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Thread: Highway Crossings for Wildlife

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    Administrator lpetrich's Avatar
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    Highway Crossings for Wildlife

    In California, world's largest highway overpass for wildlife on track outside L.A. - CBS News
    Hoping to fend off the extinction of mountain lions and other species that require room to roam, transportation officials and conservationists will build a mostly privately funded wildlife crossing over a major Southern California highway. It will give big cats, coyotes, deer, lizards, snakes and other creatures a safe route to open space and better access to food and potential mates.

    ...
    One of the reasons it's special is that 80% of the money to build it will come from private sources, Pratt said. She's in charge of fundraising and is using P-22 - "the Brad Pitt of the cougar world" - as the poster cat for the campaign.

    "He is world famous, handsome, everybody loves him," she said about the cougar that's been photographed in his park home with the Hollywood sign as a backdrop.

    ...
    Wildlife crossings - bridges and tunnels - are common in western Europe and Canada. A famous one in Banff National Park in Alberta spans the Trans-Canada Highway and is frequently used by bears, moose and elk. The first one in California opened with little fanfare last October near Temecula, about 60 miles north of San Diego.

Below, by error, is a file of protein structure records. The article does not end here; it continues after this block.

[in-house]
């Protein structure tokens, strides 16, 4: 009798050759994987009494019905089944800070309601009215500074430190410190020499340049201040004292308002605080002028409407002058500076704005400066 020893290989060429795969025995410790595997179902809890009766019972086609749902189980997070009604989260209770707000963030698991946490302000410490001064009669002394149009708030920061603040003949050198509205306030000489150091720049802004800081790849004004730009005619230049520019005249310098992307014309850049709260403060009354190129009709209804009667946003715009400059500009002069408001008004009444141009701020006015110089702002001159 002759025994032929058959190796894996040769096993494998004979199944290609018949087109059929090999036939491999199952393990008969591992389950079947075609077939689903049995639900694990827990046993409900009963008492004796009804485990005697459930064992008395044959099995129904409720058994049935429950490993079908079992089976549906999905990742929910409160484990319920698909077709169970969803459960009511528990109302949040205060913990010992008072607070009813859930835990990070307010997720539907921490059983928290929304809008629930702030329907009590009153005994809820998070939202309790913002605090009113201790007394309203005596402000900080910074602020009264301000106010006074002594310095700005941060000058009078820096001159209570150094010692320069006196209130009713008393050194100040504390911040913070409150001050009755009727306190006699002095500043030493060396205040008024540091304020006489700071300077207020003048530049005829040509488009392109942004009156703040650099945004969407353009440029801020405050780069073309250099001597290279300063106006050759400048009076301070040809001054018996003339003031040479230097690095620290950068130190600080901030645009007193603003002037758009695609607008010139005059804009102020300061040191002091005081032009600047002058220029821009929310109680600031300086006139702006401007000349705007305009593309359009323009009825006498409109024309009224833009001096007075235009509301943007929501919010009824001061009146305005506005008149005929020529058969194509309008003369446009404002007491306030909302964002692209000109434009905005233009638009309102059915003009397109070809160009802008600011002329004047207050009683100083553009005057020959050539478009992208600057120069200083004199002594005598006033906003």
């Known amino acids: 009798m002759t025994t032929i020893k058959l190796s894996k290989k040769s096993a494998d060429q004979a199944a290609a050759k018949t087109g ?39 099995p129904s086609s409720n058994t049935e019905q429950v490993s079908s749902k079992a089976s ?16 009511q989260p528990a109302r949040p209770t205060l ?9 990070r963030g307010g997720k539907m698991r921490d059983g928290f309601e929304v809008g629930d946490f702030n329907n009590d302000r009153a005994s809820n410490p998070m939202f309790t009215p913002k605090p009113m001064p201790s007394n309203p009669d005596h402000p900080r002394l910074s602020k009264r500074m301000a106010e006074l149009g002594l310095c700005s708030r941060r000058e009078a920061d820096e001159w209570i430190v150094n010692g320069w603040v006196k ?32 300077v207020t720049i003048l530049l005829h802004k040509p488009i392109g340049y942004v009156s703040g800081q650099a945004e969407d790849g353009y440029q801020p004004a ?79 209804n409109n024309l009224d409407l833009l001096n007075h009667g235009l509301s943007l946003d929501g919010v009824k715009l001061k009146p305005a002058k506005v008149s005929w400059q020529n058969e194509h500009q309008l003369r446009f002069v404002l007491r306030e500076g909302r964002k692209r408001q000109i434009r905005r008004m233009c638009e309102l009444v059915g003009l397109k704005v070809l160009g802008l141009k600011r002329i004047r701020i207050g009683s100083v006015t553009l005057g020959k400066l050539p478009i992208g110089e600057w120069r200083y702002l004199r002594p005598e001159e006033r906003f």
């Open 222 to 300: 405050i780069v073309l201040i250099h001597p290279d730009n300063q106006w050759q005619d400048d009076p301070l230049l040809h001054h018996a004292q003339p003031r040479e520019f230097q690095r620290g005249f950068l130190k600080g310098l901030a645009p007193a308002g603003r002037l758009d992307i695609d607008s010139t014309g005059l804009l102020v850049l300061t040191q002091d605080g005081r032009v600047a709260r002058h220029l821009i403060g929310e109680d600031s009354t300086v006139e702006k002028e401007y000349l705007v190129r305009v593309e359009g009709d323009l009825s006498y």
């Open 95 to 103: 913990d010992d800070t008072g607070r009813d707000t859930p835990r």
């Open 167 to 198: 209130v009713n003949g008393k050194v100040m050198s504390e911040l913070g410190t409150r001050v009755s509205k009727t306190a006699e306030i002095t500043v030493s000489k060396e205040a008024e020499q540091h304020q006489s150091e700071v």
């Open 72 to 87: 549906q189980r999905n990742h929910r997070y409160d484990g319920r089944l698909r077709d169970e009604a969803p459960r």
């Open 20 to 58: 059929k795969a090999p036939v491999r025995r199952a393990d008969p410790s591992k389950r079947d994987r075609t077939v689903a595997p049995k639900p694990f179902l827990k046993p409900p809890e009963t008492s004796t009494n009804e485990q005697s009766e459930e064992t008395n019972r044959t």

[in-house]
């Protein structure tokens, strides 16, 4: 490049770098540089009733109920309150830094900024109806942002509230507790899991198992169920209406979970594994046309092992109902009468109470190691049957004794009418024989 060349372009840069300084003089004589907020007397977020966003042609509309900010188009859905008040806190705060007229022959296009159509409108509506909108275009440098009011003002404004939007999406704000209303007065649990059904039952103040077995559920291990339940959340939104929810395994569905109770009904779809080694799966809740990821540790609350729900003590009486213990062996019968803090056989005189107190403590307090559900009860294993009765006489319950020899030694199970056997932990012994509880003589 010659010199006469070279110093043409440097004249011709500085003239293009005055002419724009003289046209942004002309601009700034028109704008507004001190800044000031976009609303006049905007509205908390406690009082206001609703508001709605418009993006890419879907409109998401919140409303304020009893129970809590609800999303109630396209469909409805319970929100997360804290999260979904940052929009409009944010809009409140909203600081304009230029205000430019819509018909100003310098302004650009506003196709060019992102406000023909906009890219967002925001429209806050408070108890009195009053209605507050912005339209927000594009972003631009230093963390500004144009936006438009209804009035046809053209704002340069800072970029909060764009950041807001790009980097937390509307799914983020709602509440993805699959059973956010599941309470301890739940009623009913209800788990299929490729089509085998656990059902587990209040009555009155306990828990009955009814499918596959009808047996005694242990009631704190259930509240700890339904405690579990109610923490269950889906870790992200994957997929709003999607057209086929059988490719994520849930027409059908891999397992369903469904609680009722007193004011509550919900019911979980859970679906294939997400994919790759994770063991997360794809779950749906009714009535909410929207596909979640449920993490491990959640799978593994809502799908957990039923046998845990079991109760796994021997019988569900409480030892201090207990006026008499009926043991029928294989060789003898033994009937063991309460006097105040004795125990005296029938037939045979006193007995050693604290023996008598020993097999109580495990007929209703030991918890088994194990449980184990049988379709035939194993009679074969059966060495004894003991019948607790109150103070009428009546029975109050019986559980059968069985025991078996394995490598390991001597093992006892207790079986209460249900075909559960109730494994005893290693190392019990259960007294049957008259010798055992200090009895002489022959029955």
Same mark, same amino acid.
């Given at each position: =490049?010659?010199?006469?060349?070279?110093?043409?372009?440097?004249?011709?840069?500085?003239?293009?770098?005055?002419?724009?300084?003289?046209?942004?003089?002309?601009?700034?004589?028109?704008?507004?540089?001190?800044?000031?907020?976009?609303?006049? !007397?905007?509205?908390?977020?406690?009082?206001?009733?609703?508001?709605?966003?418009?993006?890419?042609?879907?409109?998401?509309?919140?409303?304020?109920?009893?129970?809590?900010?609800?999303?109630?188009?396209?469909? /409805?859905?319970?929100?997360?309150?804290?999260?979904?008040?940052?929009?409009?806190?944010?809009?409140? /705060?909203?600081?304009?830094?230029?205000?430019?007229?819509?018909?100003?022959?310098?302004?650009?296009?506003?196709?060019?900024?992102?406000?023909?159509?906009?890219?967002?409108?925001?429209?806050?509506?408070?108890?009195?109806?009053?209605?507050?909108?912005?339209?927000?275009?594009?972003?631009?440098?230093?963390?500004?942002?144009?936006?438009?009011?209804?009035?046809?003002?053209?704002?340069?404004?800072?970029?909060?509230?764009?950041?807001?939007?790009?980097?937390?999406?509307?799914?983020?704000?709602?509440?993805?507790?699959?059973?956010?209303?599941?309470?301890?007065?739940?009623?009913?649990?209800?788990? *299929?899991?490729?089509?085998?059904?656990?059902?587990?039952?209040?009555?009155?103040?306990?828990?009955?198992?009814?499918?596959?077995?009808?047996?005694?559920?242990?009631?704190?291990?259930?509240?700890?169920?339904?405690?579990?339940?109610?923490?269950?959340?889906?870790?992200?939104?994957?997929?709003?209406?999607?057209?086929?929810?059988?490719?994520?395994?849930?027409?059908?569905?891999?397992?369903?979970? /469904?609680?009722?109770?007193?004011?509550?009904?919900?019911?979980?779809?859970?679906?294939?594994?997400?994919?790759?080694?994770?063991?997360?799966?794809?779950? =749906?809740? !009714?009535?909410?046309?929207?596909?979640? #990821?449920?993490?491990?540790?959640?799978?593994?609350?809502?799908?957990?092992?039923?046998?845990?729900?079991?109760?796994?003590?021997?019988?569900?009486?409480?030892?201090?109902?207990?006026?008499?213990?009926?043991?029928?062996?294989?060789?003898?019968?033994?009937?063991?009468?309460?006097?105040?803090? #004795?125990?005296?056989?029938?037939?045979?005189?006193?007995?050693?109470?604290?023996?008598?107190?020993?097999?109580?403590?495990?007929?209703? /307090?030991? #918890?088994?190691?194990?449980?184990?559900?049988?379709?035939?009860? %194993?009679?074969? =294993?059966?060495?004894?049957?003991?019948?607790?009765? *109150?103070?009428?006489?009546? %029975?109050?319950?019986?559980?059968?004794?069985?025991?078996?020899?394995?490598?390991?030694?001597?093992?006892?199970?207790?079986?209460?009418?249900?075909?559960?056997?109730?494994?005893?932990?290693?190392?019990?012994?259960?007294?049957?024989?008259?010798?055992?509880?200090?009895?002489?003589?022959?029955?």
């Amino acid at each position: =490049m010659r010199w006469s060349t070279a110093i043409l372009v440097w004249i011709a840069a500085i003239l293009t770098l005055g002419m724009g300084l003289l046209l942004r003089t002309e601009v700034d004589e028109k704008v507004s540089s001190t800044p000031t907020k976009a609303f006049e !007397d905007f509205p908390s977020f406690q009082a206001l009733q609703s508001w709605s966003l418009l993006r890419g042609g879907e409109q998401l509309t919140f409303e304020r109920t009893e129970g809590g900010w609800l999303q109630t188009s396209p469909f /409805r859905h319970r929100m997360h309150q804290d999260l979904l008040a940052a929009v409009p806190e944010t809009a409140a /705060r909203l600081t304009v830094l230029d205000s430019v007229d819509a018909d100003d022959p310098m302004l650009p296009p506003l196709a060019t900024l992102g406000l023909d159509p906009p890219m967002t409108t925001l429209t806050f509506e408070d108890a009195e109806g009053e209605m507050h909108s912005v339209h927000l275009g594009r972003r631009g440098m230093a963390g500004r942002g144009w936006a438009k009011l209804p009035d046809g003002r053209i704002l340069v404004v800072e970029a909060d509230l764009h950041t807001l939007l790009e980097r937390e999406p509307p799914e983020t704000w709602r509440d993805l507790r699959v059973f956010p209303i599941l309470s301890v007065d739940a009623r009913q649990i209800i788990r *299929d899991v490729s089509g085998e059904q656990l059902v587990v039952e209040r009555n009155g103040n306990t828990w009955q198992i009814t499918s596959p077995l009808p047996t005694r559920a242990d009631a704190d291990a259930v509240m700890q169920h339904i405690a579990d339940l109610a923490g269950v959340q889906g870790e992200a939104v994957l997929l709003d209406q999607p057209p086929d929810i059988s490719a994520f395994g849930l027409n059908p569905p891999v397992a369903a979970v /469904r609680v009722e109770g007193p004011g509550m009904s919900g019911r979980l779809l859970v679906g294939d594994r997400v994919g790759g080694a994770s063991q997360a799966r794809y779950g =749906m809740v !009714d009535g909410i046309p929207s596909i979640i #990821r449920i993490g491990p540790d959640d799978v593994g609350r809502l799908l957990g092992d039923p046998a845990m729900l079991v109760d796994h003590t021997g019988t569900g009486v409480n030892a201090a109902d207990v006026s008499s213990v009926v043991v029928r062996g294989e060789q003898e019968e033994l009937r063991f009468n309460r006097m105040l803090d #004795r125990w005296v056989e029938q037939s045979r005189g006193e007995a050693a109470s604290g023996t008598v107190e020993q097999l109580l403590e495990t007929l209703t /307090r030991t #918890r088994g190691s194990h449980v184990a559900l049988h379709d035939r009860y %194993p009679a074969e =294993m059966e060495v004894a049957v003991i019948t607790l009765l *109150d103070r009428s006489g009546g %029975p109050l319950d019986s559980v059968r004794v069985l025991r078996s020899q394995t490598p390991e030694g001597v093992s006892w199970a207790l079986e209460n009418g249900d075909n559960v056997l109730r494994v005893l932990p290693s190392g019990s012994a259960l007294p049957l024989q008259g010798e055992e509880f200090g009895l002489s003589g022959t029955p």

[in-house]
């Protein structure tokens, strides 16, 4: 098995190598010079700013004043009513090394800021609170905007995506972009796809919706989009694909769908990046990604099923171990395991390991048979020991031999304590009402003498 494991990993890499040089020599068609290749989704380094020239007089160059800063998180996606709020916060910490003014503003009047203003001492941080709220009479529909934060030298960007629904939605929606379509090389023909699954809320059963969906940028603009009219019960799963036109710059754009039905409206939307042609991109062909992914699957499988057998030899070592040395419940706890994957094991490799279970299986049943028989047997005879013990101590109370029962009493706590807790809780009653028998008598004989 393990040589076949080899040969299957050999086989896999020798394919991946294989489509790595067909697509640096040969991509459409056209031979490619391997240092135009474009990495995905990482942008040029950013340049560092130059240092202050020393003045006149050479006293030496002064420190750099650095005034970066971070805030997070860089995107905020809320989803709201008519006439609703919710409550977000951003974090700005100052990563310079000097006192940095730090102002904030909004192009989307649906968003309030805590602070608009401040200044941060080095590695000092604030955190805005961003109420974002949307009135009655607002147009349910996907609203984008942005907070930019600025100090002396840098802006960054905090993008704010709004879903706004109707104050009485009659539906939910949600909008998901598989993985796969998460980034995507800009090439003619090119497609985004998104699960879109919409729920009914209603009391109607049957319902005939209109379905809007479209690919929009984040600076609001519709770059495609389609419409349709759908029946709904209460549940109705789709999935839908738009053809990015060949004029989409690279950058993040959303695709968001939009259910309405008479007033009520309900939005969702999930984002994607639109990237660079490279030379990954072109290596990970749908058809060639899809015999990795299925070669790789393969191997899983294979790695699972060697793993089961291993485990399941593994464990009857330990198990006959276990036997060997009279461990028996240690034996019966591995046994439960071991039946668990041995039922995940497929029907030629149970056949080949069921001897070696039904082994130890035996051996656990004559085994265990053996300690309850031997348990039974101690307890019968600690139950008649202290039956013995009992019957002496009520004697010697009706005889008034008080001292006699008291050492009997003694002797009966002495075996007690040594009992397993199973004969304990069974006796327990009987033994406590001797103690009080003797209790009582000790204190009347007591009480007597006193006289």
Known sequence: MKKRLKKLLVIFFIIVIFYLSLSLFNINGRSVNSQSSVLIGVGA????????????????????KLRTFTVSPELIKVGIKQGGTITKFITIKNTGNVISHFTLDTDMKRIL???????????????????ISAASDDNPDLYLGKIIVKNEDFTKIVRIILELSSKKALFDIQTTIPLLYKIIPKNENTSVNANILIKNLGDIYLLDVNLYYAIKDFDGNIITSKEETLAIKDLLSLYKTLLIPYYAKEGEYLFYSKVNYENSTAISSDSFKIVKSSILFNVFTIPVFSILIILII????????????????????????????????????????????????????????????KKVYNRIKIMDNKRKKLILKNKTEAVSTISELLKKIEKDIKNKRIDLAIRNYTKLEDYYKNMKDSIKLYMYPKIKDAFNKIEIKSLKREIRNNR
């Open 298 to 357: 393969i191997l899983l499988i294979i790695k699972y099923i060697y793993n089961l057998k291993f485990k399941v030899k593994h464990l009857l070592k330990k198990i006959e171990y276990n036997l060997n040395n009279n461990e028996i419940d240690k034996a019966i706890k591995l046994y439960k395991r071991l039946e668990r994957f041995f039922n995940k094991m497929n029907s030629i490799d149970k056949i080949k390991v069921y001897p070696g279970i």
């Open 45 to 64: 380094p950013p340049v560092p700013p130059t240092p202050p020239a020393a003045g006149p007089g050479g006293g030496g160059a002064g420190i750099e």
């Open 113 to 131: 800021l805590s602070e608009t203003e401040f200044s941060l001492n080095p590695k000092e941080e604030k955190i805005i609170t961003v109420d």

How wildlife bridges over highways make animals—and people—safer
    Bridges for bears and tunnels for tortoises have significantly reduced the number of wildlife-car collisions worldwide.

    ...
    There’s one solution, however, that’s been remarkably effective around the world in decreasing collisions between cars and animals crossing the road: wildlife under- and overpasses. Studies that looked at a cross-section of native species' deaths on highways in Florida, bandicoots and wallabies in Australia, and jaguars in Mexico, just to name a few, all show that wildlife crossings save money and lives, both human and animal.

    “You can get reductions of 85 to 95 percent with crossings and fencing that guide animals under or over highways,” Ament says.
    Wildlife crossing
    Wildlife crossings are structures that allow animals to cross human-made barriers safely. Wildlife crossings may include: underpass tunnels, viaducts, and overpasses (mainly for large or herd-type animals); amphibian tunnels; fish ladders; Canopy bridge (especially for monkeys and squirrels), tunnels and culverts (for small mammals such as otters, hedgehogs, and badgers); green roofs (for butterflies and birds).[1]

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    Quote Originally Posted by lpetrich View Post
    In California, world's largest highway overpass for wildlife on track outside L.A. - CBS News


    How wildlife bridges over highways make animals—and people—safer


    Wildlife crossing